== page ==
At this very strange time of lockdown due to the Covid 19 virus, I thought it would be appropriate to talk about resilience, as at this time many people are either coping with this new way of life or perhaps struggling depending on their personal reserves of resilience.  I’m hoping these few words might make you realise how resilient you are actually being and not to beat yourself up about things you haven’t managed to achieve as well as supporting those of you working with children and their families to promote resilience in the children and adults you work with.


When I think about resilience, it brings to mind the children, parents and carers I have worked with over the years who have shown amazing resilience in the face of much adversity and the strength and determination they often demonstrated even when things were a massive struggle for them.


Resilience has been defined as “the ability to endure ongoing hardship in every perceivable way” (Walker et al, 2006:251) and as “the capacity to resist or bounce back” (Newman and Blackburn, 2005:1).  In addition, and very importantly, “resiliency arises out of a belief in one’s own self-efficacy” (Hartley-Brewer, 2001:8).  So, somehow or other along the way, most of us get this very useful thing called resilience which enables us to ‘hang in there’ and keep going even when times are tough.  So where does resilience come from?


Stein et al (2000:283) tell us that “resilience is best regarded as an interactive process that unfolds over time” and which is “continually influenced by ongoing changes in context”.  From this, I think it is comforting to realise that resilience is not a once and for all commodity which we either get or fail to get as part of our genetic make-up or our circumstances.  It is something which has the possibility to be continually built up.  Thus, as educators of children, young people or adults or indeed, as parents, we are able to promote or inhibit the development of resilience.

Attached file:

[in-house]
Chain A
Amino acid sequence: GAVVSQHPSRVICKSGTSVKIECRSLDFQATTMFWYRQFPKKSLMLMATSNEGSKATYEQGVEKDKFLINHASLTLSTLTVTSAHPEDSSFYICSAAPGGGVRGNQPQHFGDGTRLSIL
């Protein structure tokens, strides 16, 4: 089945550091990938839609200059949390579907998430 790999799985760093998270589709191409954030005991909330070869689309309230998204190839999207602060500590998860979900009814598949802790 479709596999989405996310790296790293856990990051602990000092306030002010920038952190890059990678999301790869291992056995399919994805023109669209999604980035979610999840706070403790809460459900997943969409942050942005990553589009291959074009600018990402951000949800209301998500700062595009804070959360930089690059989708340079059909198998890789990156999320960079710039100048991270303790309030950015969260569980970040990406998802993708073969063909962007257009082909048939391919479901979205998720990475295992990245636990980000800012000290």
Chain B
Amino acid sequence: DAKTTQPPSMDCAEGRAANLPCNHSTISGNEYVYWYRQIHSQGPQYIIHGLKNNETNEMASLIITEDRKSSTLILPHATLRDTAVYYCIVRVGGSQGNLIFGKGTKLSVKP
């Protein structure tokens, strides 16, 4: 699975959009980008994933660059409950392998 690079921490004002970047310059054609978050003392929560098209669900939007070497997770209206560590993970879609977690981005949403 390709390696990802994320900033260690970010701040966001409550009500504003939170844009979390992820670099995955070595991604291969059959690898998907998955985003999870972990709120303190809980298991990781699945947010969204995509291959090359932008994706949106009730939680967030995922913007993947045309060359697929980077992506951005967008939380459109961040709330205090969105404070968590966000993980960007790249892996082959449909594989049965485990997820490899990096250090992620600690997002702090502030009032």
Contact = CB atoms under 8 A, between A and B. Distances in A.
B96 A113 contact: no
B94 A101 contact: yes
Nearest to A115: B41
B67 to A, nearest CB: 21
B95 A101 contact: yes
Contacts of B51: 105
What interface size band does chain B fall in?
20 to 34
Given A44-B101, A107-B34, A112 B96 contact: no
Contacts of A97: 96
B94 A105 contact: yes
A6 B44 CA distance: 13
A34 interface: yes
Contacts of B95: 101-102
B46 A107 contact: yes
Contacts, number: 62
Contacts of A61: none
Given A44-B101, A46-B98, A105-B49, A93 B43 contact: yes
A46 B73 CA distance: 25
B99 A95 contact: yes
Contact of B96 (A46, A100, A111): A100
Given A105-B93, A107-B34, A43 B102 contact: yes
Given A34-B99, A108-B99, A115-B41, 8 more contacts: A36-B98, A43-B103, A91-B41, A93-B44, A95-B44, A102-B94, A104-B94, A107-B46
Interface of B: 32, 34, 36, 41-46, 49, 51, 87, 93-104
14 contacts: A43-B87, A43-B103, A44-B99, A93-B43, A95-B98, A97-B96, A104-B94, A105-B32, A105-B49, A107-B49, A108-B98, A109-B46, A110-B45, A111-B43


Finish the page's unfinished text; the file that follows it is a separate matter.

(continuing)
It is extremely useful and important to understand that there are key protective factors which have been shown to promote resilience.  It is no surprise that secure attachment is “a powerful protective factor in developing resilience in the earliest years and beyond”. (Hartley-Brewer, 2001:9) and is happily a feature in the lives of many children.  You will all be aware that although attachment with a primary carer is extremely important, attachment relationships form between children and other people, like many of you, who care closely for them and these are particularly important for children whose attachment with their primary carer is suffering for whatever reason.  Relationships with family members, peers, teachers and social institutions are also strong protective factors for children and adults and support from a partner or confidante, which could be a friend, a tutor or for some perhaps a counsellor, is key to developing resilience in adulthood (Stein et al 2000:282).


There are also, of course, risk factors which you will all be well aware of, both in the lives of some of the children and families you work with and perhaps from your own personal experience.  These can prevent or inhibit the development of resilience such as material disadvantage and difficulties in family life (Bartley 2006:2).  However, it seems that adversity can, paradoxically, promote resilience too so when ‘the chips are down’, all is not lost and both adults and children still have the capacity to be resilient.